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(PIAC 20/6/07)—The Vulnerable Energy Consumers Coalition, (VECC) together with the Consumers Council of Canada (CCC) and the Industrial Gas Users Association (IGUA) today appealed the decision of the Ontario Energy Board to allow Union Gas Limited to keep all revenues from natural gas storage that is sold to non-Union customers.
The storage was built with the rates paid by Union Gas customers and the outside revenue has always been shared so that Union Gas customers get 75% of the money credited against their rates.
Now, Union customers will get nothing and Enbridge Gas Distribution customers will pay for part of their gas storage obtained from Union Gas Limited at rates that are six times the actual cost. (All customers of Union Gas Limited and Enbridge Gas Distribution pay for natural gas storage in their rates).
Ontario’s three main customer groups are appealing to the Ontario cabinet to prevent the decision from being implemented. The cost to Ontario consumers, after a brief transition period, is expected to be greater than $100 million per year and one billion dollars over a ten-year period.
“The OEB decision will not create any new natural gas storage, and neither will it conserve or create energy,” said Michael Janigan, General Counsel of the Public Interest Advocacy Centre who represented VECC in the Board’s proceeding.
“It is simply making Ontario consumers give a billion-dollar gift to Union Gas Limited’s American owners, Duke Energy. This is money obtained by having Canadian customers pay over the years for storage to be developed and then taking away the profits when the surplus storage becomes successful,” Janigan continued.
VECC and the other customer groups are requesting that the Ontario Cabinet set aside the Board Decision and return it to the OEB for a rehearing.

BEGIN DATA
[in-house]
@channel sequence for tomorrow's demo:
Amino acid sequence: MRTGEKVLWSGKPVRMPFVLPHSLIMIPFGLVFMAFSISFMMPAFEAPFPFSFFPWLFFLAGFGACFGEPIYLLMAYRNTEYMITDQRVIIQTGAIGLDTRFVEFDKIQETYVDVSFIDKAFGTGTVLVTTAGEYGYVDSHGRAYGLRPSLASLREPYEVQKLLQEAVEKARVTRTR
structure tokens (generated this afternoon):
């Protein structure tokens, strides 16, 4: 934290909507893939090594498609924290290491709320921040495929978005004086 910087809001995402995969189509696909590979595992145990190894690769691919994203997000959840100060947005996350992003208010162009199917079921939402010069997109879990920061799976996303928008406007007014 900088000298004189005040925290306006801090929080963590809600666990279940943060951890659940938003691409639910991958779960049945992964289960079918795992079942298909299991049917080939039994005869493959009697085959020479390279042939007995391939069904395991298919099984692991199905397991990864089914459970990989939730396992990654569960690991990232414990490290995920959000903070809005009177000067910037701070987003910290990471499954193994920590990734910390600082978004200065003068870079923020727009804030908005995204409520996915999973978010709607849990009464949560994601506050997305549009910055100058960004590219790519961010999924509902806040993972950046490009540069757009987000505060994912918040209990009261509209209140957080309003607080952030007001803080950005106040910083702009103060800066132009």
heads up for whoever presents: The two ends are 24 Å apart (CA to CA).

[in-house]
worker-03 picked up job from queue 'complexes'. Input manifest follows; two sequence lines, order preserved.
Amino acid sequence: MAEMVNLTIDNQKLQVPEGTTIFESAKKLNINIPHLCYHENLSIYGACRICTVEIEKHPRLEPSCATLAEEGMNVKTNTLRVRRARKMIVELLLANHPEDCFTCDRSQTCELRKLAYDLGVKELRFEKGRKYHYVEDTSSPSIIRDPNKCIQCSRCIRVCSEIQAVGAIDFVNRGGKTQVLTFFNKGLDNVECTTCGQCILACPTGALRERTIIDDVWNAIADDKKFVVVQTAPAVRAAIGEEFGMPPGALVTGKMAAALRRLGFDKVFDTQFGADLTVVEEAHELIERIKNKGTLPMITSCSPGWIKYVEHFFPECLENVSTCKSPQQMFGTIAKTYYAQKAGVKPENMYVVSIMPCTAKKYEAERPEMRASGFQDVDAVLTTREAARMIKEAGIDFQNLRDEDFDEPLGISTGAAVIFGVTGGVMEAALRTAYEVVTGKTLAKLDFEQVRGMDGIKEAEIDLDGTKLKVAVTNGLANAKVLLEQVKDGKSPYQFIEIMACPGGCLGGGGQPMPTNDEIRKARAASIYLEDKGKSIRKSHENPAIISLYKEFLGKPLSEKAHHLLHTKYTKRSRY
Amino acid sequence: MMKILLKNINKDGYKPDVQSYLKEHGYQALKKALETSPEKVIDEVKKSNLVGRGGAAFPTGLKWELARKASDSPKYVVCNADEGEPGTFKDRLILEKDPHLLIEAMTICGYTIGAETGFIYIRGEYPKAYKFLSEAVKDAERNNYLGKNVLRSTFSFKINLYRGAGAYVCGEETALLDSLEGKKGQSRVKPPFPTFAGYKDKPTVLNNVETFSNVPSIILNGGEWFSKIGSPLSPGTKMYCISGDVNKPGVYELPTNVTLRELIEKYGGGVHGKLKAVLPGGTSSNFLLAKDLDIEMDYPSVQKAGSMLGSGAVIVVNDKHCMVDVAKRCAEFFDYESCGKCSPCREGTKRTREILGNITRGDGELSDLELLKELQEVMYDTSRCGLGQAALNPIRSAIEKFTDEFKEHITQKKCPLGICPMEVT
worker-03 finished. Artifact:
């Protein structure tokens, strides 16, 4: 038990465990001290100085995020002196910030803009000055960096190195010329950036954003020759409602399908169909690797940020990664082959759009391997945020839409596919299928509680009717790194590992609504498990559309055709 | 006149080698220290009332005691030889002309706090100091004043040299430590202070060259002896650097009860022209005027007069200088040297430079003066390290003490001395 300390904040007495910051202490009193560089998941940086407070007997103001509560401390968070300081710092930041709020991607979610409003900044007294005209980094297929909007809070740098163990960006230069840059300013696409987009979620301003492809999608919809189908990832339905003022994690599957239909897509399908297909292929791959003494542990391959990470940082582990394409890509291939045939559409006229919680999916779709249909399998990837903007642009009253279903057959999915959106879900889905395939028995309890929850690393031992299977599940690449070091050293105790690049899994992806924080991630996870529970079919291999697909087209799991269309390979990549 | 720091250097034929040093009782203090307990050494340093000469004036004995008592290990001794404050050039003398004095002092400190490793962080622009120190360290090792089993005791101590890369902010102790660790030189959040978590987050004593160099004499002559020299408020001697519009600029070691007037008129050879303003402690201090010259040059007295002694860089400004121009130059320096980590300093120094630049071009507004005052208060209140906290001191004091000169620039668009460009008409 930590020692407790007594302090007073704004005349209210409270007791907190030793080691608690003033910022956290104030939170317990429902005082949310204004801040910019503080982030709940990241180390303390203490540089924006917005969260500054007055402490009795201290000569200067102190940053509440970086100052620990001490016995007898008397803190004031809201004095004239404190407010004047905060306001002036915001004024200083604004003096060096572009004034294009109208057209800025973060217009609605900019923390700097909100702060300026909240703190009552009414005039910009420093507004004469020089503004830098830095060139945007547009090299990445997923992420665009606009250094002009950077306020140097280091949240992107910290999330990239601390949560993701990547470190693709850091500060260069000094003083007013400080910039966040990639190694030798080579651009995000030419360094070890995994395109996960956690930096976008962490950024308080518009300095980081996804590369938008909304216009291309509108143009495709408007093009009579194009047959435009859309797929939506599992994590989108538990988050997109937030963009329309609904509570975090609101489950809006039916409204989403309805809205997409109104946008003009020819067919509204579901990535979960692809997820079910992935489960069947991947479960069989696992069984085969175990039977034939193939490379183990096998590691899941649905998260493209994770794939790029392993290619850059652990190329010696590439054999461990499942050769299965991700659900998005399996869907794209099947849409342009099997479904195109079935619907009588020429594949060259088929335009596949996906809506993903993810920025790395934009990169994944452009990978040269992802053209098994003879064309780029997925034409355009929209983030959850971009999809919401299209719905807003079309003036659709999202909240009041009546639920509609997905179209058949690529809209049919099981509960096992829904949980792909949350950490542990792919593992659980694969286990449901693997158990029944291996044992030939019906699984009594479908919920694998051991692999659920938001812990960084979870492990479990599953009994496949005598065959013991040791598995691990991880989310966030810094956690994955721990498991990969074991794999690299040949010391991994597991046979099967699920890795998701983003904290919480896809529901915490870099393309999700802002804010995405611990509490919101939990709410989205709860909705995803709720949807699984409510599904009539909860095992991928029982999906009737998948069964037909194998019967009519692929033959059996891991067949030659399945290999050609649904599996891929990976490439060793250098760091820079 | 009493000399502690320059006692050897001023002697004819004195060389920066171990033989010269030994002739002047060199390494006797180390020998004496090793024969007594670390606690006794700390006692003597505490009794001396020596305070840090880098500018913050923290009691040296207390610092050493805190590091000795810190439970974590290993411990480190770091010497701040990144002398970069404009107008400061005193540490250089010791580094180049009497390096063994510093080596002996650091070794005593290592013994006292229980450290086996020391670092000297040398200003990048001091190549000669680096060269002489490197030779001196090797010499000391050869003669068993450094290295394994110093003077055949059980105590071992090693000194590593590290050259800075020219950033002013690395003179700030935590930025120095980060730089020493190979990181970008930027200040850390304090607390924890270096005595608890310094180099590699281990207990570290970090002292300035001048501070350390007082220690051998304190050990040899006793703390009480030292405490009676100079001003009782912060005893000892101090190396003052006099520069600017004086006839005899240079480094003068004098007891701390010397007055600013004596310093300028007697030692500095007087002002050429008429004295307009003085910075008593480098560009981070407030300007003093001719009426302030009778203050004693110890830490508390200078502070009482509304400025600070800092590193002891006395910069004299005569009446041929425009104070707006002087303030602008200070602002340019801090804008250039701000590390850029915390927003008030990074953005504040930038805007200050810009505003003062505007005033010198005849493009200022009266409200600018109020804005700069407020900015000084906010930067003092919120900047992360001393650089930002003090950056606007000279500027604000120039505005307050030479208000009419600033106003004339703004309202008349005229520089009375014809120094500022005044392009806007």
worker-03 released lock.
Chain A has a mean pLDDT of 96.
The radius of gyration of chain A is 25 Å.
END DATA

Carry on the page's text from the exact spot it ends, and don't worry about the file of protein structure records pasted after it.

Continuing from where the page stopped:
(PIAC 20/6/07)—Industry Minister Maxime Bernier has taken care of the big players but has done little for consumers says Michael Janigan, executive director and general counsel of the Public Interest Advocacy Centre.
“Bell and Telus are prospering, meanwhile consumers are looking at the 16 itemized unregulated terms of service on their local phone bill with justified concern,” Janigan says.
Meanwhile if consumers have problems or question they have no place to turn as the CRTC is already overwhelmed while the Minister’s Telecommunications Consumer Agency exists on paper only. Janigan also expressed concern over the Minister’s failure to get the telemarketing no-call list up and running.
(PIAC 20/6/07)—“The spectrum auctioning process by reliance on the bid process alone has failed to achieve its important objectives” PIAC contends in its May 25 submission to Industry Canada.
In December 1997, PIAC published “The Inappropriateness of Spectrum Auctioning in a Canadian Context” which concluded “the auctioning process was not in the public interest in that it would likely mean less competition, higher consumer prices and reduced societal benefits in the form of job creation and research.”
As a result of the spectrum auction process Canada has an uncompetitive market dominated by Bell, Telus and Rogers and, according to a recent OECD report, are overpaying for their cell service.
PIAC believes Industry Canada must create the conditions for market optimization in a way that is effective and minimally intrusive, but provides a safety net to prevent a one-sided use of public resources in the form of spectrum.
Interested parties have until June 27 to make submissions. The auction is expected to take place early next year.
(PIAC 19/6/07)—The airline lobby has won another battle yesterday with Minister of Transport Lawrence Cannon’s motion to delete “continuous monitoring” and “the highest level of safety” from the Aeronautics Act.